ENG4532 – The Green American Tradition

Schedule, syllabus and examination date

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Course content

We all know about ecosystems but we act as if our machines have freed us from nature and given us over to social constructions and fantasies of complete liberation. We tend to think our social and political concerns are the starting point for understanding life, rather than to imagine where we stand in the larger order of things. This reflects the rise of civilization and the age of humankind (now called the "Anthropocene"). “Complex societies” – what are they?: systems of production and control that make us feel safe and give us the illusion of complete freedom. But sometimes by reflecting on the social and technical consequences of the “mega-machine” (L. Mumford), we sense our vulnerability.

The novelist H.G. Wells shocked the self-assured Victorian world by spinning a yarn in which alien beings, possessing a technology far superior to our own, bring us very near to the “rout of civilization.” Such fears have now taken a realer more frightening form: are we not the aliens – having undergone a “severing” from nature (T. Morton) – who have introduced the technology that will bring about the ‘rout of the earth’? In this course we will examine works of classic American nature writing – explorations of beauty, place and the organic – that responded to technological and geo-environmental change by seeking to revisit “the severing” and thereby reach for other ways to define who we are.

Learning outcome

After completing this course, you:

  • can discuss the relation between technology and social and aesthetic experience of environment;
  • can consider/explore the relationality of nature, culture, environment and geography;
  • can explain the development of sensibilities of beauty, place and the organic within specific socio-cultural contexts;
  • can narrate the specific cultural and geo-environmental circumstances that lead to American nature writing have an insight into the relation between the imagination and the social world;
  • can reflect on the dangers to humanity and the biosphere posed by doctrines of automatic technological progress, consumerism and rule by experts;
  • have improved your skills in critical and intuitive reading


Students who are admitted to study programmes at UiO must each semester register which courses and exams they wish to sign up for in Studentweb.

Students enrolled in other Master's Degree Programmes can, on application, be admitted to the course if this is cleared by their own study programme.

If you are not already enrolled as a student at UiO, please see our information about admission requirements and procedures.

The course has a capacity of 15 students.  The department will not provide additional capacity if there are more applicants.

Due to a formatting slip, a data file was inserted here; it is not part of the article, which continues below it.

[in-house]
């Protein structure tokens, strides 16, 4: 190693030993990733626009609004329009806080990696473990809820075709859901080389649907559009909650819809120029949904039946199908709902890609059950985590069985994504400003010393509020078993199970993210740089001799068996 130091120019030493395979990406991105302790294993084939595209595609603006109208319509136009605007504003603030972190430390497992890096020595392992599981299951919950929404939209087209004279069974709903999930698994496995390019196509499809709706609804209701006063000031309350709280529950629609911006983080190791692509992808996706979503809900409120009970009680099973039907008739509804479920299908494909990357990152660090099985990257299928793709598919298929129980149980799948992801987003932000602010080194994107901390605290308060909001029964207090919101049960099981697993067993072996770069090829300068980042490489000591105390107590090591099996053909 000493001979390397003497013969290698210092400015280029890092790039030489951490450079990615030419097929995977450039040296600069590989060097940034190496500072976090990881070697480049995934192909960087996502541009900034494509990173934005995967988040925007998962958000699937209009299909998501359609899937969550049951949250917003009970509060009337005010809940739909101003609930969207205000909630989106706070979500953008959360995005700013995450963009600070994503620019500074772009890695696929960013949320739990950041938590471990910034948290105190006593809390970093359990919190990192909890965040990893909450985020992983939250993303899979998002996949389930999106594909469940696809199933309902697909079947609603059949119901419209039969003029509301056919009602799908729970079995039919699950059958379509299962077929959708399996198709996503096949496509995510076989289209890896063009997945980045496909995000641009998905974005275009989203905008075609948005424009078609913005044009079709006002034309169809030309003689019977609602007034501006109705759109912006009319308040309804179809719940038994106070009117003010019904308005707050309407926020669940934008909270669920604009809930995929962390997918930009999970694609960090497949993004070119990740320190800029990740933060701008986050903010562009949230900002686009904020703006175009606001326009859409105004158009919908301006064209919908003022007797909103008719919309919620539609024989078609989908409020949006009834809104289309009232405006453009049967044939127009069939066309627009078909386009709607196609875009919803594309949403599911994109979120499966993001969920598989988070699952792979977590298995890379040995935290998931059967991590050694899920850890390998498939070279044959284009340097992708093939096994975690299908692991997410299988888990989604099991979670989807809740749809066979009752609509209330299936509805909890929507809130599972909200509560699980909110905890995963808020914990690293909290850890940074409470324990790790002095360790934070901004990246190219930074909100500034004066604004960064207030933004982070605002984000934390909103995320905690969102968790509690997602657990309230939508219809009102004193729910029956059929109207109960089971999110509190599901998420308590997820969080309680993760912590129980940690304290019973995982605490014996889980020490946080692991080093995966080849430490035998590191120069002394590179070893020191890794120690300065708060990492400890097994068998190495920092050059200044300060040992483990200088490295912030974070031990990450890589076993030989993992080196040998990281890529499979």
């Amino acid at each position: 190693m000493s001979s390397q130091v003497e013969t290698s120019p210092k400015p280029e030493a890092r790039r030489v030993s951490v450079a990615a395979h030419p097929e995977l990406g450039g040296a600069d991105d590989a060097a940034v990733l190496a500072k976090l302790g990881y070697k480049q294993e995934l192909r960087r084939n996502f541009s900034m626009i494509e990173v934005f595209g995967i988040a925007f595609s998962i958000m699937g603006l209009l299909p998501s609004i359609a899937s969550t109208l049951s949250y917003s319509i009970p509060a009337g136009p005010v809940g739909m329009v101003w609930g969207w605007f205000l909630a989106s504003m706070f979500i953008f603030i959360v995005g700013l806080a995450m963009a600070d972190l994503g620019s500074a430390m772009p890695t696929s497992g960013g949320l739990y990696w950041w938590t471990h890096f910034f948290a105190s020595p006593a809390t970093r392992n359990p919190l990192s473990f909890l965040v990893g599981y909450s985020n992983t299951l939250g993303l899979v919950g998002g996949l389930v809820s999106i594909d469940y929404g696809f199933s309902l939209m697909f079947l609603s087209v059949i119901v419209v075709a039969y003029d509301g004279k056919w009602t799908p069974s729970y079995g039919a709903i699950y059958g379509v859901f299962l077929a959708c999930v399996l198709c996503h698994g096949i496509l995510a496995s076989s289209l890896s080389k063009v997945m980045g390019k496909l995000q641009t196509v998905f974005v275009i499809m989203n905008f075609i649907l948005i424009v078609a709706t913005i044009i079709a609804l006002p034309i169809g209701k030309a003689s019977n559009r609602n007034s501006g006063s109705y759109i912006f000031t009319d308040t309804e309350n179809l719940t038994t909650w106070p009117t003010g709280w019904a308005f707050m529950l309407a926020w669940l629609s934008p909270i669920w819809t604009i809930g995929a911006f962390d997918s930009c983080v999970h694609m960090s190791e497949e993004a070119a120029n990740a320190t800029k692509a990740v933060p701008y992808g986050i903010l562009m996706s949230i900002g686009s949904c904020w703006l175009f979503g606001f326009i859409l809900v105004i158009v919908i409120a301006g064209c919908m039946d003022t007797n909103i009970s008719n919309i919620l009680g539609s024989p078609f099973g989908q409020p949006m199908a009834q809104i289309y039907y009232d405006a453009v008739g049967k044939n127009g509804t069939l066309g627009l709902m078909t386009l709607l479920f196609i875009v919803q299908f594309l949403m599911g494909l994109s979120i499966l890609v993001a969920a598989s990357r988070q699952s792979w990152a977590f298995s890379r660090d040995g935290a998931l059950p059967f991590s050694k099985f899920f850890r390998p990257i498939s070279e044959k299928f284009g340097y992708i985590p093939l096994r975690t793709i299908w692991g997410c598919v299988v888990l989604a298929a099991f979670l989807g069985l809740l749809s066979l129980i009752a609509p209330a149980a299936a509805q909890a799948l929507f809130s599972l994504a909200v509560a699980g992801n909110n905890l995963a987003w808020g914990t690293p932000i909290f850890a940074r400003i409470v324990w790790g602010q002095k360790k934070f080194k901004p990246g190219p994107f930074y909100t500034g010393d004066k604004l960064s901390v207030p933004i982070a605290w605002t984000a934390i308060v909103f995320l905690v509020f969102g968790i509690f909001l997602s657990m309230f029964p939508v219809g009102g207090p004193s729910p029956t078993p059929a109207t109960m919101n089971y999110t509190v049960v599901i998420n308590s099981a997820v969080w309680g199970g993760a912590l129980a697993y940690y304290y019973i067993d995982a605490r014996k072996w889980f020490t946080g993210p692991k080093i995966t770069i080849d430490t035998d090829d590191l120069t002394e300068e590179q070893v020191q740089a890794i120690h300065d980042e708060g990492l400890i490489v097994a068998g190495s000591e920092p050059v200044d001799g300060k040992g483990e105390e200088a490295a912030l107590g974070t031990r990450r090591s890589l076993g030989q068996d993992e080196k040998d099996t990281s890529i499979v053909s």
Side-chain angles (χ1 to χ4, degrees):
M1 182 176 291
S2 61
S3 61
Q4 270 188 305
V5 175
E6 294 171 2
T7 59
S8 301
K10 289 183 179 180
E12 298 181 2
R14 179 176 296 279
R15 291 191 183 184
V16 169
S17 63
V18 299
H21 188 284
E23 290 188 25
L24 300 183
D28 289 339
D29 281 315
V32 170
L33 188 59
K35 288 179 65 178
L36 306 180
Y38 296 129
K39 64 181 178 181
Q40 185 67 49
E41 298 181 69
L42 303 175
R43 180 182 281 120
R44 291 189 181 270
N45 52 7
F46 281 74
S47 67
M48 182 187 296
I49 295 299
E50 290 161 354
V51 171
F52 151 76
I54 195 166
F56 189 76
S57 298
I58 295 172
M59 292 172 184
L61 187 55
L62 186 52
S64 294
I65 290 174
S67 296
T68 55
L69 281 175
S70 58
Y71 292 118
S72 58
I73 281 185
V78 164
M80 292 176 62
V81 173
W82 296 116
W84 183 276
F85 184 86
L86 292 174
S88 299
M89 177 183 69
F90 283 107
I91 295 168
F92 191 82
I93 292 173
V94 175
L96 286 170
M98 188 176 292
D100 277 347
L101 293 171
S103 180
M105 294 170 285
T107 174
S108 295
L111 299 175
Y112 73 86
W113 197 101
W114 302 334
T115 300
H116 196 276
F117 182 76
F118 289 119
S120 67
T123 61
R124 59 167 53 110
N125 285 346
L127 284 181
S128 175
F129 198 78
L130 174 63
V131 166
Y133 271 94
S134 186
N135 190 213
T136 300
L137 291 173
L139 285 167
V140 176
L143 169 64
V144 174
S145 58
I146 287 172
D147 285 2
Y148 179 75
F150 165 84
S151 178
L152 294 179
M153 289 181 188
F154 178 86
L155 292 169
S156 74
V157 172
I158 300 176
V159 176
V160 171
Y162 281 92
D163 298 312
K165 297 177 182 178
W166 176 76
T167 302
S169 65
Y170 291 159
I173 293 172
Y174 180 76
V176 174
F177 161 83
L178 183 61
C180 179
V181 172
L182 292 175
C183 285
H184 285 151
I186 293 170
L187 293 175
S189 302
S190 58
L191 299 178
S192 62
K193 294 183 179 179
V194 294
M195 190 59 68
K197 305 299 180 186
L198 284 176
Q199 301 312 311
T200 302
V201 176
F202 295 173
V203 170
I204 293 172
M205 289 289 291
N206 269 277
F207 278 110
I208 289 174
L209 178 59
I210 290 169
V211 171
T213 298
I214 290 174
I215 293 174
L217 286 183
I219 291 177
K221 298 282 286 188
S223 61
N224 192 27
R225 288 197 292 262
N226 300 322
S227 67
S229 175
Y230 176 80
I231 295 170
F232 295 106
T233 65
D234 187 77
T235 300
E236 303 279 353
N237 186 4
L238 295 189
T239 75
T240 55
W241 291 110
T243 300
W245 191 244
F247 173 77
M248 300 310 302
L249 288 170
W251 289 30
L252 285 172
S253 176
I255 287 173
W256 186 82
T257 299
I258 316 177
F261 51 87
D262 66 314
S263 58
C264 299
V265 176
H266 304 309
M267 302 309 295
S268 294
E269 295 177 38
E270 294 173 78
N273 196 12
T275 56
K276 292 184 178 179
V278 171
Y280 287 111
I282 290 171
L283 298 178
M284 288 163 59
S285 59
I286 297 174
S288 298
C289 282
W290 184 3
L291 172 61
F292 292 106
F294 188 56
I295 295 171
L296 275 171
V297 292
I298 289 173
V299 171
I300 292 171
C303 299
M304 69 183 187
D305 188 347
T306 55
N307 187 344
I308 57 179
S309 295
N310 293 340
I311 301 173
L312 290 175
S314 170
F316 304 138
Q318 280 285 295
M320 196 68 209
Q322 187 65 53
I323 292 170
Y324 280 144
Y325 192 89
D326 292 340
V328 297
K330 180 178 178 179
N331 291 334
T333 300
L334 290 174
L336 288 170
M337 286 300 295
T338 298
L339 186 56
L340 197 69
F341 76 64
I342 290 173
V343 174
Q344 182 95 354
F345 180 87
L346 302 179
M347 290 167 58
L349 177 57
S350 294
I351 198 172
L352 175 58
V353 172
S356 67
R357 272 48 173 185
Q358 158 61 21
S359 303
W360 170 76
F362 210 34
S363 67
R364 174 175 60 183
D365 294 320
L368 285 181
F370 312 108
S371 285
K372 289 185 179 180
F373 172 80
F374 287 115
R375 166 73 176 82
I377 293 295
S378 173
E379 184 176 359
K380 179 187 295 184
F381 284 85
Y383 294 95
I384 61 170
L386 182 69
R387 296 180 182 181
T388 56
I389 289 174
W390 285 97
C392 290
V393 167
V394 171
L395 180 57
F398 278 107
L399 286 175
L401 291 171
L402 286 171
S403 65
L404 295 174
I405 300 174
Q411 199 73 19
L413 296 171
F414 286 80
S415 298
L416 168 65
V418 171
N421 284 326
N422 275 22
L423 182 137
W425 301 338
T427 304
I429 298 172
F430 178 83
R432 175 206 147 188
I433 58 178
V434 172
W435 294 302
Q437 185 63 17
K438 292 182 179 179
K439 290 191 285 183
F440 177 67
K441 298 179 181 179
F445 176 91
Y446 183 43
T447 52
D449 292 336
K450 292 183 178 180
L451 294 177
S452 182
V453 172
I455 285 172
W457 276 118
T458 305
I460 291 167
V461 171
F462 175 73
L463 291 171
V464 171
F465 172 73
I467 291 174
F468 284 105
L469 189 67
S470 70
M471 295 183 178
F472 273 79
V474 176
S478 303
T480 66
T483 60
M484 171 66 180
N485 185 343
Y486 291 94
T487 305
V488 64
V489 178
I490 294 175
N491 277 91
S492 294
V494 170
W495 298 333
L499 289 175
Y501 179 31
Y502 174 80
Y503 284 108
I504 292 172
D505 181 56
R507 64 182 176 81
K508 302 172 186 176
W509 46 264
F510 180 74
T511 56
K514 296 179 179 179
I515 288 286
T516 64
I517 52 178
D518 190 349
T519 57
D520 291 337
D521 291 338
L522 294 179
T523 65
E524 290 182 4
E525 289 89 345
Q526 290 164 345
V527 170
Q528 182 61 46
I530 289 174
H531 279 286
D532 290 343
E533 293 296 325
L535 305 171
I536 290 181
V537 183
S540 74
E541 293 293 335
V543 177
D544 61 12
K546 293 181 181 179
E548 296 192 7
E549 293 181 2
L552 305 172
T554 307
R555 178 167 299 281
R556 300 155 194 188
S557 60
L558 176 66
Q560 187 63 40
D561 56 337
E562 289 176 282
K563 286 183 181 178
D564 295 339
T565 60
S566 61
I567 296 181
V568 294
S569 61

Recommended previous knowledge

Good reading skills in English and a foundation in one or more of the following disciplines: history of ideas, social geography, literature, American history and politics.


Seminar, two hours per week for 10 weeks, 20 hours in total.

Attendance is obligatory at least 8 out of 10 seminars. Additional absences must be justified by documentation. Read more about rules concerning valid excuses and how to apply for approved absences or postponements here.

During the semester, you are required to give an oral presentation in class. Read more about guidelines for compulsory activities.

You will also be given the opportunity to hand in a first draft of your term paper.


The assessment of the course is based on a term paper on a topic chosen from a list provided by the instructor.

Assessment guidelines term paper 2019.

Submit assignments in Inspera

You submit your assignment in the digital examination system Inspera. Read about how to submit assignments in Inspera.

Use of sources and citation

You should familiarize yourself with the rules that apply to the use of sources and citations. If you violate the rules, you may be suspected of cheating/attempted cheating.

Language of examination

The examination text is given in English, and you submit your response in English.

Grading scale

Grades are awarded on a scale from A to F, where A is the best grade and F is a fail. Read more about the grading system.

Explanations and appeals

Resit an examination

Withdrawal from an examination

It is not possible to submit the same term paper a later semester. If you want to re-take your exam, you must write on a different topic.

Special examination arrangements

Application form, deadline and requirements for special examination arrangements.


The course is subject to continuous evaluation. At regular intervals we also ask students to participate in a more comprehensive evaluation.

Reports from periodic evaluations (in Norwegian)

Facts about this course






Spring 2019

This course is taught irregularly


Spring 2019

Teaching language